Great Read on Former Charger Dave Misfud

Band of brothers
Close-knit Pioneers have thrived
Terry Foster / The Detroit News
FERNDALE — Five days before Dearborn’s season opener, Pioneers coach Dave Mifsud called a private meeting with his team captains and key senior players. On the surface it seemed like just another football meeting that hundreds of coached have around the country.
But the talk was not about football. That weekend, Mifsud’s brother-in-law, Chris Mayone, 44, died suddenly while training for a marathon. The Mifsud family was devastated. Mayone was his best friend and the brother of his wife, Corrine.
As the words rolled from their coach’s mouth, a transformation began within the players.
For weeks they spoke about becoming more of a family. The day they were eliminated from the state playoffs last season they felt a disconnect. This goal of bringing whites and Arabs and blacks together was not working the way they wanted.
They vowed to become a band of brothers because deep inside, they felt love for one another, even during turbulent times. They talked about becoming blood brothers. They made up T-shirts that said “14-0” and “2006 state champions.” They dreamed of being a family and riding that bond to a state title and gaining friends for life.
Team becomes a family
But this news changed everybody. Now it was more than putting words on T-shirts. Now it was time to put actions before words. From that day, the Pioneers turned from boys to men. More importantly, they learned the essence of being a family.
If you ask anybody why this team will face Warren DeLaSalle (10-2) in Saturday’s Division II state semifinal at Ferndale, they will tell you the Pioneers became more than a team and a dream. They became a family.
The Pioneers (11-1) used that bond to avenge a loss to Allen Park, 21-7, to advance to Saturday’s game.
The heartfelt talk was a defining moment. Players knew what their coach was going through. Earlier this summer, Mifsud’s dad and Pioneers super fan, Joe, suffered a stroke in his home state of Florida. And the rehabilitation has been long and difficult. The players did not want to be a burden. They wanted Mifsud to focus on his own family and not worry as much about the team.
Assistant coach Jamie Griegnon offered to take a bigger role and reminded his friend to remember the three ‘F’ ’s that mean so much to him — family, friends and football.
“When something happens to your family I will be there to take care of the football aspect of it,” Griegnon said he told Mifsud. “You just tell me what you want.”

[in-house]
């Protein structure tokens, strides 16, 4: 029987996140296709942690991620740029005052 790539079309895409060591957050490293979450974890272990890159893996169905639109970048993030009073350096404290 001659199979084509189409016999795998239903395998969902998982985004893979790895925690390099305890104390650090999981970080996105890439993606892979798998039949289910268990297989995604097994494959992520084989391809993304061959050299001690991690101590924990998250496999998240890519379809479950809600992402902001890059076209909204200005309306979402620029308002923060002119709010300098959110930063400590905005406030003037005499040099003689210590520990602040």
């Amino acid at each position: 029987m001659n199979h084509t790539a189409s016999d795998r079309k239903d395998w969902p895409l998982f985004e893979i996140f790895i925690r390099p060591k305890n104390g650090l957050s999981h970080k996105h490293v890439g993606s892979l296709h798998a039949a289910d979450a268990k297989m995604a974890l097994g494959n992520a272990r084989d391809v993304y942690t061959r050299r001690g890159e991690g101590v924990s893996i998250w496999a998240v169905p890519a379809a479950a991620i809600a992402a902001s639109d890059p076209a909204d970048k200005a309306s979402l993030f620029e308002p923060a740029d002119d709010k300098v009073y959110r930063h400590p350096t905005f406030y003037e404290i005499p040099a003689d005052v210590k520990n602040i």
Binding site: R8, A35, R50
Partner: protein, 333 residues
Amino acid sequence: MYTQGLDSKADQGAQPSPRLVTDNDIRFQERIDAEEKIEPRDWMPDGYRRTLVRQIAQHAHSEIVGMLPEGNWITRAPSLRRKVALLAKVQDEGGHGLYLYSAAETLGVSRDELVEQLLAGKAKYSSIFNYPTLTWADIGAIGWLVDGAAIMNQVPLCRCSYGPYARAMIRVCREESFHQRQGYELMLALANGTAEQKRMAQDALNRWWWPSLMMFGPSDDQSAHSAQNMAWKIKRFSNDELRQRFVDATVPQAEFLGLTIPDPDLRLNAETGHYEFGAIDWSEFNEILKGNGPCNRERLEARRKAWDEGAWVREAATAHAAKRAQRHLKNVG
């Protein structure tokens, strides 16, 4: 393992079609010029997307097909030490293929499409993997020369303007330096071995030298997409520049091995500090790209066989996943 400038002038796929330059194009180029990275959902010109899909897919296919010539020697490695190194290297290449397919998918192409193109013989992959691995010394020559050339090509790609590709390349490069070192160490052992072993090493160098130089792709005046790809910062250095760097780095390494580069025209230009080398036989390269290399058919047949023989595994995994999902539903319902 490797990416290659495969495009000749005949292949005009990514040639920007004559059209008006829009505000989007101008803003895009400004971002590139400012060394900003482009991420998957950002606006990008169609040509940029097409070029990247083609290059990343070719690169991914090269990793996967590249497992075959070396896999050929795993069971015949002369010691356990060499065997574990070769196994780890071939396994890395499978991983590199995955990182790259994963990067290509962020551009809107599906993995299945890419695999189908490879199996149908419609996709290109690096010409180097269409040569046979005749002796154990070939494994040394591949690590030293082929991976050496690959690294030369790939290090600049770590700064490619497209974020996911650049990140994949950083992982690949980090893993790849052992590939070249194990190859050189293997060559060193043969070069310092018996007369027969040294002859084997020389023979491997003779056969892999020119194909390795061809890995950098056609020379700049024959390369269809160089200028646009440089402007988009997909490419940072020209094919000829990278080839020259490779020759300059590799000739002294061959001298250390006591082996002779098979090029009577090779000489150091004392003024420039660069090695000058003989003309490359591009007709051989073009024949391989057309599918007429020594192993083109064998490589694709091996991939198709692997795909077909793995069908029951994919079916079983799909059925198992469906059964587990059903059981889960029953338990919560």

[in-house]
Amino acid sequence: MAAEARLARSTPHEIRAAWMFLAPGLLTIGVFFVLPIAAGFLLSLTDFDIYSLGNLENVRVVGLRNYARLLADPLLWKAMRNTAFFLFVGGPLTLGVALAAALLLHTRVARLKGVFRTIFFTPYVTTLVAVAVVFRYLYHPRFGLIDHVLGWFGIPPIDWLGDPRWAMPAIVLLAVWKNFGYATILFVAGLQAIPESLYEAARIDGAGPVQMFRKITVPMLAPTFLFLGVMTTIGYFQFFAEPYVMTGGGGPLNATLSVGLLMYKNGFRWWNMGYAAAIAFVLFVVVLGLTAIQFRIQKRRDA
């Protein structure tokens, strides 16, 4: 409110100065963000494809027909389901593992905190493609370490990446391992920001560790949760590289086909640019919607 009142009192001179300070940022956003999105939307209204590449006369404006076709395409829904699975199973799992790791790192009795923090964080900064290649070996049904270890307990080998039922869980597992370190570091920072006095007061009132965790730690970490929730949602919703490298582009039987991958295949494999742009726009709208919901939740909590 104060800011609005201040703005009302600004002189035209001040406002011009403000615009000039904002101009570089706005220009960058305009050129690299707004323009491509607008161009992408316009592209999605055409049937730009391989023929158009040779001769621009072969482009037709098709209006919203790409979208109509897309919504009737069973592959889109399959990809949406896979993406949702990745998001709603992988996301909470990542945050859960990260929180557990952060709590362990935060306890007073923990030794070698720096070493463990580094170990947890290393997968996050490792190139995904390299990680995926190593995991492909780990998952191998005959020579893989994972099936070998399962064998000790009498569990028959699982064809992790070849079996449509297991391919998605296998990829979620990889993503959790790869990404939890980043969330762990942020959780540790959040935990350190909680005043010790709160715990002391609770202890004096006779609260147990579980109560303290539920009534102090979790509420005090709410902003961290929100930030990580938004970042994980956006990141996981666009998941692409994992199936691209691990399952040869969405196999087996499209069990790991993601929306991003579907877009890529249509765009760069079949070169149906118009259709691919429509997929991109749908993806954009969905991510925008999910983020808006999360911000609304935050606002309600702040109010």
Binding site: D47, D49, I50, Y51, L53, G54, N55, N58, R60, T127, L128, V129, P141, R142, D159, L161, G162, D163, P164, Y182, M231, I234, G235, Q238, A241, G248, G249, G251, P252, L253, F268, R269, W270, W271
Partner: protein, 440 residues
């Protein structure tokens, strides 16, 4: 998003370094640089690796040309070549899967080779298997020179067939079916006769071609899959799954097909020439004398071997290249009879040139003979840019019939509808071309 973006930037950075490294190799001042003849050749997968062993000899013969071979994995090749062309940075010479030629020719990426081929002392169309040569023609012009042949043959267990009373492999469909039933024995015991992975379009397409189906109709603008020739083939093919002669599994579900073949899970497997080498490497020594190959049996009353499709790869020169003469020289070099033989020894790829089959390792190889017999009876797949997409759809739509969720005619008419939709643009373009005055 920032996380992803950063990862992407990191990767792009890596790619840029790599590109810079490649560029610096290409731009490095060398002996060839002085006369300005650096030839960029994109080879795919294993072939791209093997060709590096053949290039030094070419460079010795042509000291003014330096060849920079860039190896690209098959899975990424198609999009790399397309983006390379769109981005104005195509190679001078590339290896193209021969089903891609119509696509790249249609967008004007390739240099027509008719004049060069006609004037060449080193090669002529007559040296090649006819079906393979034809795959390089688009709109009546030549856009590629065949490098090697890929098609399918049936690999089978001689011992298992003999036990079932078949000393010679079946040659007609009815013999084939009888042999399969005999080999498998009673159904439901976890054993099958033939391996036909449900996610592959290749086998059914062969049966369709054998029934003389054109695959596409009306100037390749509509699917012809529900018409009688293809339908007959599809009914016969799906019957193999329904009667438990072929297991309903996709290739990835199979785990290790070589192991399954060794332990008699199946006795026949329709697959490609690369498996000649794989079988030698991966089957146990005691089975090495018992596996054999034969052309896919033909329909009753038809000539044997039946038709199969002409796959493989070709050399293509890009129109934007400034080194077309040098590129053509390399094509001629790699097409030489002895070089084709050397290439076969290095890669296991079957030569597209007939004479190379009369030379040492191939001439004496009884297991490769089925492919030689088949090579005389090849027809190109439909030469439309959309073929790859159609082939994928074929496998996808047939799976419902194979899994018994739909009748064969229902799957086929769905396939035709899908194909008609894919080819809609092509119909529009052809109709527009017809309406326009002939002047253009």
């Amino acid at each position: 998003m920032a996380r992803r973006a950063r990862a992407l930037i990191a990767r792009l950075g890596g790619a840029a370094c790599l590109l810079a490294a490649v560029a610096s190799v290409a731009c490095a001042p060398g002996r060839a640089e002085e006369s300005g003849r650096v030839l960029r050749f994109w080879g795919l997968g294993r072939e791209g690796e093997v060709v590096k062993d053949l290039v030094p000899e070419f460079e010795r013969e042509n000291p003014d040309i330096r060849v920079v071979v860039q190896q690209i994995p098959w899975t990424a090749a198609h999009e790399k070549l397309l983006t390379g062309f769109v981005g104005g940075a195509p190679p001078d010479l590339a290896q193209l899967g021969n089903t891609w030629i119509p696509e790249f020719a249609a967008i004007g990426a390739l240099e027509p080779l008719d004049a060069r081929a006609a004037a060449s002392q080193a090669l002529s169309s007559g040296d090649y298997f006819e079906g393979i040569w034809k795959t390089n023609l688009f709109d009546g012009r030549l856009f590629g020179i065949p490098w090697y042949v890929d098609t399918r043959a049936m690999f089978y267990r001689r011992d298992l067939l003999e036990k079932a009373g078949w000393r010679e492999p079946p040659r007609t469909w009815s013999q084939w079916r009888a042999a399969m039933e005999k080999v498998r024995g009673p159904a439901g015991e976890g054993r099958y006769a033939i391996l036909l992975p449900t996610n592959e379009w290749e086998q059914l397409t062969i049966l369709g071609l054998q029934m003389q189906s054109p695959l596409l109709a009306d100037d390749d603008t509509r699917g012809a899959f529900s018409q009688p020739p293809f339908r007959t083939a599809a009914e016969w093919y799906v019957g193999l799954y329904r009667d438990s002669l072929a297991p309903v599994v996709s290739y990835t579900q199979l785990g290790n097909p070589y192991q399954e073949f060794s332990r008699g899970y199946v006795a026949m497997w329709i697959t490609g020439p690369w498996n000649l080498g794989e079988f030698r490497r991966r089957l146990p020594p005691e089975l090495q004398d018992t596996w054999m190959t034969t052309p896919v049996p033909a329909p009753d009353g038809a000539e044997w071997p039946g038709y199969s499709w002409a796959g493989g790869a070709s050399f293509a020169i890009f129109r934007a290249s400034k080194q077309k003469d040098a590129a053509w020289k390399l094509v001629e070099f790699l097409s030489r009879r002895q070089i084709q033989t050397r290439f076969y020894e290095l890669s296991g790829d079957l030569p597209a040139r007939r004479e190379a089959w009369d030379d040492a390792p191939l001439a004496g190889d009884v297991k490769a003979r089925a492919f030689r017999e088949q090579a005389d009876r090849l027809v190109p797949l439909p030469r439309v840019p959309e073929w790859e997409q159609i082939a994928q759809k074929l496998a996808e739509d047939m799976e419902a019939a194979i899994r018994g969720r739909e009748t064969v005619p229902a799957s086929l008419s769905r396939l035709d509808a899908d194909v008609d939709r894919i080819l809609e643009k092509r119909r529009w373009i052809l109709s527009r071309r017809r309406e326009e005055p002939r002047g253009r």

There were a couple of incidents early in the season that might have divided this team. But players and assistants took care of it. They kept it so close and fixed the problem so cleanly not even Mifsud is clear of all the details.
“They (players) took care of it right away,” Griegnon said. “This was the kids’ way of saying we are focused.”
Little things mean a lot
The simple things counted.
It might have been as simple as linebacker Amir Rustom saying a prayer in Arabic just as he would if this were his own family member. It was as simple as defensive tackle Mike Ajami and wide receiver Danny McKae making sure there was peace in the dressing room or nose tackle Mohamad Kassab preaching brotherhood. And it was as simple as the rest of the players going up to quarterback Anthony Mifsud, Dave’s son, or their coach and just asking how they were doing. They no longer talked to Anthony or Dave as a coach or teacher or teammate. They spoke to them as family.
“We did not want that to affect coach, so we had to step up as leaders and put more responsibility on senior leadership,” Ajami said. “We wanted to make sure coach had an easier time in practice and he could stick to the basics.”
Pioneers have matured
But this is something the team had to learn. Two years ago, many of these players were freshmen and sophomores or reserve players watching Dearborn reach the semifinals. Last year, they were too immature and divided to make the same run.
This year, things changed.
“It was like when we were on the practice field we were not white, black, Arabic or whatever,” Joe Jakcsy said. “We were all Dearborn Pioneer orange.”
Kassab’s house often is a gathering place for players. He teaches his brothers Arabic so they can communicate in his household and to open them to his culture. He also learns from the other cultures in the dressing room.
“You have to trust each other off the field,” Kassab said. “All this brotherhood leads to being a good team.”
Like any other team, there were other mishaps. Rustom thought his season was over when he injured a shoulder. He might still require surgery but will return.
Jakcsy won’t play in the DeLaSalle game because he suffered a broken leg in the second round of the playoffs, but he goes to each practice on crutches. Both were showered with love during their darkest moments.
“After I got hurt I never felt so much love from a group of guys,” Jakcsy said. “Two of my brothers gave me a kiss on the cheek to show me how much they appreciated everything I had done up to that point.”
Dearborn athletic director Roy Gurk said the family extends to the staff. He said at least two dozen teachers and administrators have asked to chip in and help Mifsud, whether it is watching a class or offering food.
“People have come out of the woodwork for Dave,” Gurk said. “They ask, ‘What can I do for Dave?’ ”
How tight are the Pioneers? Safety Scott Abramouski has a photo of him and Rustom tackling a Fordson player with the caption of, “Me and my brother making a tackle.”
That is what makes this team work. Through the course of death and illness, pain and suffering the Pioneers learned that blood is thicker than water.
You can reach Terry Foster at or (313) 222-1494.

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